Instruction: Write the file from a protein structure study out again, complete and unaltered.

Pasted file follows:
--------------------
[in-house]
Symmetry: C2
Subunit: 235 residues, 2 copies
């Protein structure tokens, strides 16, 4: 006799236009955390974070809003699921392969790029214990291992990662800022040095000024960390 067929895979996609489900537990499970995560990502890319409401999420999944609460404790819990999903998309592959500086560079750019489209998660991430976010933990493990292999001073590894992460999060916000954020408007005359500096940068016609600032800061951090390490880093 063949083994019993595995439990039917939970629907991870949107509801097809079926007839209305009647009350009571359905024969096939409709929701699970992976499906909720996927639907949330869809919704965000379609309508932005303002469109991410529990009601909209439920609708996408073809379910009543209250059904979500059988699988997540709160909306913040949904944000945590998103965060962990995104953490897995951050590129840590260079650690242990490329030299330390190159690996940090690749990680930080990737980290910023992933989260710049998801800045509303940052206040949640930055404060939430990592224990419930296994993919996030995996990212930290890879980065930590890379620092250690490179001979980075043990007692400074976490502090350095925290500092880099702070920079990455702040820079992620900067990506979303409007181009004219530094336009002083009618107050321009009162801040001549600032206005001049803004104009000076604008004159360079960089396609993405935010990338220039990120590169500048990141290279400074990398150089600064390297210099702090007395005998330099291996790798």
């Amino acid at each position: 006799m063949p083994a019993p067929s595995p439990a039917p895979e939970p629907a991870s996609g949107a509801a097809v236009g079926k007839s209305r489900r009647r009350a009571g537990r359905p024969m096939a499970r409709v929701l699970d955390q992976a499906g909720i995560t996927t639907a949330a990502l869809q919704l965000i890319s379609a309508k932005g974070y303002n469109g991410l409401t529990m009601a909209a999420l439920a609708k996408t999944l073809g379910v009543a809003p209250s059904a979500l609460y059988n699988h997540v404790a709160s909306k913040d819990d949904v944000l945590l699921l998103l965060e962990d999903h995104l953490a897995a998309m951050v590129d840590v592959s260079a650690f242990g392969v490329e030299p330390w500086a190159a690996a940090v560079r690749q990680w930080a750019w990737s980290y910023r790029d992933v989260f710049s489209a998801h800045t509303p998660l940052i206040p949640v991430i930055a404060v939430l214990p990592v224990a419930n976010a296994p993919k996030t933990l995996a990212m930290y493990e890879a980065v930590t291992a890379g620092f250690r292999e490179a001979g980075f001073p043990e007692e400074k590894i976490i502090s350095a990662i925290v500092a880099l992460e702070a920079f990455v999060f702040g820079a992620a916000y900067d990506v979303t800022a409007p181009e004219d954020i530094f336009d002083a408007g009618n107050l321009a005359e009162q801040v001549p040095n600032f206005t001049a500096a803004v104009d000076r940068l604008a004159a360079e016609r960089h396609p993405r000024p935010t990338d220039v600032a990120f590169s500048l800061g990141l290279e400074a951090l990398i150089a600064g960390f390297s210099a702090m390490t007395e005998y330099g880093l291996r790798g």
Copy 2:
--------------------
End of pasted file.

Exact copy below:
[in-house]
Symmetry: C2
Subunit: 235 residues, 2 copies
């Protein structure tokens, strides 16, 4: 006799236009955390974070809003699921392969790029214990291992990662800022040095000024960390 067929895979996609489900537990499970995560990502890319409401999420999944609460404790819990999903998309592959500086560079750019489209998660991430976010933990493990292999001073590894992460999060916000954020408007005359500096940068016609600032800061951090390490880093 063949083994019993595995439990039917939970629907991870949107509801097809079926007839209305009647009350009571359905024969096939409709929701699970992976499906909720996927639907949330869809919704965000379609309508932005303002469109991410529990009601909209439920609708996408073809379910009543209250059904979500059988699988997540709160909306913040949904944000945590998103965060962990995104953490897995951050590129840590260079650690242990490329030299330390190159690996940090690749990680930080990737980290910023992933989260710049998801800045509303940052206040949640930055404060939430990592224990419930296994993919996030995996990212930290890879980065930590890379620092250690490179001979980075043990007692400074976490502090350095925290500092880099702070920079990455702040820079992620900067990506979303409007181009004219530094336009002083009618107050321009009162801040001549600032206005001049803004104009000076604008004159360079960089396609993405935010990338220039990120590169500048990141290279400074990398150089600064390297210099702090007395005998330099291996790798």
């Amino acid at each position: 006799m063949p083994a019993p067929s595995p439990a039917p895979e939970p629907a991870s996609g949107a509801a097809v236009g079926k007839s209305r489900r009647r009350a009571g537990r359905p024969m096939a499970r409709v929701l699970d955390q992976a499906g909720i995560t996927t639907a949330a990502l869809q919704l965000i890319s379609a309508k932005g974070y303002n469109g991410l409401t529990m009601a909209a999420l439920a609708k996408t999944l073809g379910v009543a809003p209250s059904a979500l609460y059988n699988h997540v404790a709160s909306k913040d819990d949904v944000l945590l699921l998103l965060e962990d999903h995104l953490a897995a998309m951050v590129d840590v592959s260079a650690f242990g392969v490329e030299p330390w500086a190159a690996a940090v560079r690749q990680w930080a750019w990737s980290y910023r790029d992933v989260f710049s489209a998801h800045t509303p998660l940052i206040p949640v991430i930055a404060v939430l214990p990592v224990a419930n976010a296994p993919k996030t933990l995996a990212m930290y493990e890879a980065v930590t291992a890379g620092f250690r292999e490179a001979g980075f001073p043990e007692e400074k590894i976490i502090s350095a990662i925290v500092a880099l992460e702070a920079f990455v999060f702040g820079a992620a916000y900067d990506v979303t800022a409007p181009e004219d954020i530094f336009d002083a408007g009618n107050l321009a005359e009162q801040v001549p040095n600032f206005t001049a500096a803004v104009d000076r940068l604008a004159a360079e016609r960089h396609p993405r000024p935010t990338d220039v600032a990120f590169s500048l800061g990141l290279e400074a951090l990398i150089a600064g960390f390297s210099a702090m390490t007395e005998y330099g880093l291996r790798g």
Copy 2: